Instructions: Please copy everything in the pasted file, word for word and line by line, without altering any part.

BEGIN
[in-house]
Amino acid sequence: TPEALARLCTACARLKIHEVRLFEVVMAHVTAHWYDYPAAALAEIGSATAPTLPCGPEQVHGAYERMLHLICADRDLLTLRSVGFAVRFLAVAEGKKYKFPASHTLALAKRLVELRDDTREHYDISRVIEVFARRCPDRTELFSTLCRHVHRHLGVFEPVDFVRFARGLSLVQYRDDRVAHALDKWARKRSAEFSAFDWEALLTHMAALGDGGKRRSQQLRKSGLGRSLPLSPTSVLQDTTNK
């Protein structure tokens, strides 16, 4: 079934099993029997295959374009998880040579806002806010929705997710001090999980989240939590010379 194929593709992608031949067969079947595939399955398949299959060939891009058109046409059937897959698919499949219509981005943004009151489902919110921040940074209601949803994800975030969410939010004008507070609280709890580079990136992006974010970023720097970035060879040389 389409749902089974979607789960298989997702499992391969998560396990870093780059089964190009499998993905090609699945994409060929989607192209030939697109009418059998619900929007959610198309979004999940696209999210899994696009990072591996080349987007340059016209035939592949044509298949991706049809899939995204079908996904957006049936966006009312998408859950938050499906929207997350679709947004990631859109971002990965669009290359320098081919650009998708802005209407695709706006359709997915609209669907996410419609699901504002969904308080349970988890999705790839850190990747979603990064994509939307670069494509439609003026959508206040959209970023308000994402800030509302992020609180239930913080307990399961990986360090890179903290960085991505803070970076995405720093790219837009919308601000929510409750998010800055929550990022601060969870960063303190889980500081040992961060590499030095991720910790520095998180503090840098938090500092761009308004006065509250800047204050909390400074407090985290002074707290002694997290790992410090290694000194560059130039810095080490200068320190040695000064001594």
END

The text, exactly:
[in-house]
Amino acid sequence: TPEALARLCTACARLKIHEVRLFEVVMAHVTAHWYDYPAAALAEIGSATAPTLPCGPEQVHGAYERMLHLICADRDLLTLRSVGFAVRFLAVAEGKKYKFPASHTLALAKRLVELRDDTREHYDISRVIEVFARRCPDRTELFSTLCRHVHRHLGVFEPVDFVRFARGLSLVQYRDDRVAHALDKWARKRSAEFSAFDWEALLTHMAALGDGGKRRSQQLRKSGLGRSLPLSPTSVLQDTTNK
């Protein structure tokens, strides 16, 4: 079934099993029997295959374009998880040579806002806010929705997710001090999980989240939590010379 194929593709992608031949067969079947595939399955398949299959060939891009058109046409059937897959698919499949219509981005943004009151489902919110921040940074209601949803994800975030969410939010004008507070609280709890580079990136992006974010970023720097970035060879040389 389409749902089974979607789960298989997702499992391969998560396990870093780059089964190009499998993905090609699945994409060929989607192209030939697109009418059998619900929007959610198309979004999940696209999210899994696009990072591996080349987007340059016209035939592949044509298949991706049809899939995204079908996904957006049936966006009312998408859950938050499906929207997350679709947004990631859109971002990965669009290359320098081919650009998708802005209407695709706006359709997915609209669907996410419609699901504002969904308080349970988890999705790839850190990747979603990064994509939307670069494509439609003026959508206040959209970023308000994402800030509302992020609180239930913080307990399961990986360090890179903290960085991505803070970076995405720093790219837009919308601000929510409750998010800055929550990022601060969870960063303190889980500081040992961060590499030095991720910790520095998180503090840098938090500092761009308004006065509250800047204050909390400074407090985290002074707290002694997290790992410090290694000194560059130039810095080490200068320190040695000064001594």